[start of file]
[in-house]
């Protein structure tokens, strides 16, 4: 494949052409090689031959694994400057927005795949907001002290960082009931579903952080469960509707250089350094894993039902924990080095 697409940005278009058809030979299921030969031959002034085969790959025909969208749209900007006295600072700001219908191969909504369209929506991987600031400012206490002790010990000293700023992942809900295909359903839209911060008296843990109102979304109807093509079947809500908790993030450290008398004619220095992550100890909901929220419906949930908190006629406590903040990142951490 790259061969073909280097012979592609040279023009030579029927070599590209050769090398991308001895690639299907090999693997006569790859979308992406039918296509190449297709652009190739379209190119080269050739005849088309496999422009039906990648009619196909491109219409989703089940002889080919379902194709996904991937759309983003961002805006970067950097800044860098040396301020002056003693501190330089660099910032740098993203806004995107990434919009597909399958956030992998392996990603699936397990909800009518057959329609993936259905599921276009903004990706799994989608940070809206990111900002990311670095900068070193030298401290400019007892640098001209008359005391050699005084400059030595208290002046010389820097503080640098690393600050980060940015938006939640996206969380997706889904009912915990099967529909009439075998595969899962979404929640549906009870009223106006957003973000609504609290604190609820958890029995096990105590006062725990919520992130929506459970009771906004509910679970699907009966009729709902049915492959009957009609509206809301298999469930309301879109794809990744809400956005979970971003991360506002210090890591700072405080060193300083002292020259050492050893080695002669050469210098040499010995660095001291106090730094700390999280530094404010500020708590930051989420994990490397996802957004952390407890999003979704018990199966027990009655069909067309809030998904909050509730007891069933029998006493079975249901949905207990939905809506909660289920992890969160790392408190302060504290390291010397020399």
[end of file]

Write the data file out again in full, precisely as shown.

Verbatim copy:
[in-house]
């Protein structure tokens, strides 16, 4: 494949052409090689031959694994400057927005795949907001002290960082009931579903952080469960509707250089350094894993039902924990080095 697409940005278009058809030979299921030969031959002034085969790959025909969208749209900007006295600072700001219908191969909504369209929506991987600031400012206490002790010990000293700023992942809900295909359903839209911060008296843990109102979304109807093509079947809500908790993030450290008398004619220095992550100890909901929220419906949930908190006629406590903040990142951490 790259061969073909280097012979592609040279023009030579029927070599590209050769090398991308001895690639299907090999693997006569790859979308992406039918296509190449297709652009190739379209190119080269050739005849088309496999422009039906990648009619196909491109219409989703089940002889080919379902194709996904991937759309983003961002805006970067950097800044860098040396301020002056003693501190330089660099910032740098993203806004995107990434919009597909399958956030992998392996990603699936397990909800009518057959329609993936259905599921276009903004990706799994989608940070809206990111900002990311670095900068070193030298401290400019007892640098001209008359005391050699005084400059030595208290002046010389820097503080640098690393600050980060940015938006939640996206969380997706889904009912915990099967529909009439075998595969899962979404929640549906009870009223106006957003973000609504609290604190609820958890029995096990105590006062725990919520992130929506459970009771906004509910679970699907009966009729709902049915492959009957009609509206809301298999469930309301879109794809990744809400956005979970971003991360506002210090890591700072405080060193300083002292020259050492050893080695002669050469210098040499010995660095001291106090730094700390999280530094404010500020708590930051989420994990490397996802957004952390407890999003979704018990199966027990009655069909067309809030998904909050509730007891069933029998006493079975249901949905207990939905809506909660289920992890969160790392408190302060504290390291010397020399």